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Maturing Fat Cells Become Less Insulin-Sensitive In Presence Of Fructose

June 20, 2010: 10:15 AM EST
High levels of fructose present as a growing child’s fat cells mature may lead to an increase in abdominal obesity, a condition associated with increased cardiometabolic risk, according to a new British study. Fructose apparently makes childhood fat cells mature into belly fat cells that are less able to respond to insulin. Abdominal obesity raises the risk of heart disease and Type 2 diabetes. Fructose is the sugar widely used as high-fructose corn syrup in soft drinks and processed foods and is frequently blamed for the widespread rise in obesity. The researchers studied both subcutaneous and visceral fat from 32 healthy-weight children who had not yet gone through puberty.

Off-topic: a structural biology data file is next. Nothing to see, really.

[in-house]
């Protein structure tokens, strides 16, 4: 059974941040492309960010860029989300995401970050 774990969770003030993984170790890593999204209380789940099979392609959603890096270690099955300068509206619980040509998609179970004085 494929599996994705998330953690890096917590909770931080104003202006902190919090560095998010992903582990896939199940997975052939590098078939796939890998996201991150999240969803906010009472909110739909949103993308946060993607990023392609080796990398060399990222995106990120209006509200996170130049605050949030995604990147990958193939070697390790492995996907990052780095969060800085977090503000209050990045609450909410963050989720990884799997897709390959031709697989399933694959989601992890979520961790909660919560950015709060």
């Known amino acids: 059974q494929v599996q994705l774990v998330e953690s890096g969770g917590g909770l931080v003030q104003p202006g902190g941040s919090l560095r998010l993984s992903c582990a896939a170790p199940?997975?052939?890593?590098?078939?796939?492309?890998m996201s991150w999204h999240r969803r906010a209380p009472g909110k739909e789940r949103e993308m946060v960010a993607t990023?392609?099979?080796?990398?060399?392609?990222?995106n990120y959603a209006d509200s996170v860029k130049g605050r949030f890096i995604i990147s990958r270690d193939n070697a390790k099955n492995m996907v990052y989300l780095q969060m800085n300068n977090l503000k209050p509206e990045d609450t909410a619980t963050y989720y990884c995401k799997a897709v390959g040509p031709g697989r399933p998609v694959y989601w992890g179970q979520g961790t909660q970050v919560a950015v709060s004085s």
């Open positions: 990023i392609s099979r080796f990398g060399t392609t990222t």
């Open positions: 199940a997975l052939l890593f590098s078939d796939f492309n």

Georgina Coade, et al., "Fructose Sugar Makes Maturing Human Fat Cells Fatter, Less Insulin-Sensitive", Presentation, the Endocrine Society annual meeting, June 20, 2010, © The Endocrine Society
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